[Sca-cooks] Mollycoddle was OOP: What are they teaching are kids?

Gretchen Beck grm at andrew.cmu.edu
Thu Jan 7 14:39:47 PST 2010

--On Thursday, January 07, 2010 5:03 PM -0500 "Phil Troy / G. Tacitus
Adamantius" <adamantius1 at verizon.net> wrote:

> On Jan 7, 2010, at 4:31 PM, Johnna Holloway wrote:
>> You rang?
>> Checked OED-
>> For the noun mollycoddle it all leads in a number of ways:
> As the OED all too often tends to do, this all makes perfect sense, and
> yet leaves me feeling only about 98% convinced by the logic. I can't find
> a flaw in it, but still wonder if some 18th-century English cook, who had
> been exposed to some French techniques and terms, had in among his or her
> utensils for cooking eggs, a mollet coddler for the purpose of cooking
> mollet coddled eggs.

I think the problem is that we haven't dug far enough for an independent
origin of the word "mol".

Under Moll (adj), the OED has :

[< Anglo-Norman and Middle French mol soft (c1150 in Old French; French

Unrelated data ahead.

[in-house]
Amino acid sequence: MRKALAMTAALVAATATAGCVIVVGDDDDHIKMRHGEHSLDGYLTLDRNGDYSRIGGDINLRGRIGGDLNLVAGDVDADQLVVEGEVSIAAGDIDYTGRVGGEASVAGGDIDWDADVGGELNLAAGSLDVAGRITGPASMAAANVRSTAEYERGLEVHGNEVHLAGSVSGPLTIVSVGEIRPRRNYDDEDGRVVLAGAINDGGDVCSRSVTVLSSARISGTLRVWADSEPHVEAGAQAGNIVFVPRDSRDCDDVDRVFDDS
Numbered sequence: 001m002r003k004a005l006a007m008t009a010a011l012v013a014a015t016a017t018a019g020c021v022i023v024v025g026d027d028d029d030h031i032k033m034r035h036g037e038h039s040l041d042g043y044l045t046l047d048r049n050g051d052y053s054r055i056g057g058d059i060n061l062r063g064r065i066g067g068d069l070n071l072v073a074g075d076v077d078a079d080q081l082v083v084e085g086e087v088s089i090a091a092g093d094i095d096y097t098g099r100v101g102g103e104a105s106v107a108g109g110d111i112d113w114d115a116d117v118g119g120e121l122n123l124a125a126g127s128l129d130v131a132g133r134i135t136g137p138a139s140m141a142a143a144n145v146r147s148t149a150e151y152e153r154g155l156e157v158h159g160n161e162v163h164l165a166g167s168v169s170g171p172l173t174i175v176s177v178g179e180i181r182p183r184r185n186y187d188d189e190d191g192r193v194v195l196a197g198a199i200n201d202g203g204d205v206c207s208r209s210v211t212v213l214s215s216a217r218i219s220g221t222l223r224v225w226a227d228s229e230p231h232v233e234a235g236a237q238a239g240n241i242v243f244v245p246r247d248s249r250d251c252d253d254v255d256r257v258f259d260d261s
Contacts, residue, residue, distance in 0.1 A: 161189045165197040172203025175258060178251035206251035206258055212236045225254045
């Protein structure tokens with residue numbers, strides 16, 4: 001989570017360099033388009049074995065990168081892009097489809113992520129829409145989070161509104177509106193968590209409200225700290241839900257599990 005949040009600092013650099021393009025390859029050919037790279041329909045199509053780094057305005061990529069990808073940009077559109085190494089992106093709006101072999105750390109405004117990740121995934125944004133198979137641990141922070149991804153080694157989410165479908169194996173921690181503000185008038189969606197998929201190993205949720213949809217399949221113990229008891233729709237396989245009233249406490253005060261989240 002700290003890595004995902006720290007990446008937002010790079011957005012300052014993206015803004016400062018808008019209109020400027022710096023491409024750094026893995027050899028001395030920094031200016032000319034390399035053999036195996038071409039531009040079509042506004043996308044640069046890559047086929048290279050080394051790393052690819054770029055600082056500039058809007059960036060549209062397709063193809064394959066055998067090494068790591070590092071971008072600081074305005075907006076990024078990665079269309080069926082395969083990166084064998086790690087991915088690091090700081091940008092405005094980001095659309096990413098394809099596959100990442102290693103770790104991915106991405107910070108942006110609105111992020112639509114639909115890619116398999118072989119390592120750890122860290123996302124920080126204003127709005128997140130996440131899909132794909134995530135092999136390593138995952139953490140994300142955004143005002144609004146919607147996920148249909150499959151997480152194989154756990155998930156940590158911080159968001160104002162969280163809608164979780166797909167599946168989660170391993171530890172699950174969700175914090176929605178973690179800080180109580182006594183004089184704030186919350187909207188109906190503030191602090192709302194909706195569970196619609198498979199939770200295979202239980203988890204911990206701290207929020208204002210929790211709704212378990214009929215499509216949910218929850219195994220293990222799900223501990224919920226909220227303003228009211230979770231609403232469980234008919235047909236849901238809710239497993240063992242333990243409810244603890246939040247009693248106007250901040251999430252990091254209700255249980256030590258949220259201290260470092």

mou, mol, (feminine) molle) and their etymon classical Latin mollis soft,
(of weather) mild (see MELT v.1).
  For French and Latin parallels to B moll (see sense A. 2) see BEMOL n.;
with sense A. 2 compare also German moll (16th cent.; now in sense 'minor'
in music). With use as noun compare classical Latin mollis an effeminate
man, post-classical Latin mollia (neuter plural) soft parts of the body
(c400), uses as noun of mollis, adjective.] 

So, mollycoddle could very well come from mollet coddled eggs, or it could
come from an old independent origin for "mollet" -- soft, feminine. (a 1663
French/Italian dictionary gives this: Mollement, mollemente. Item,

toodles, margaret

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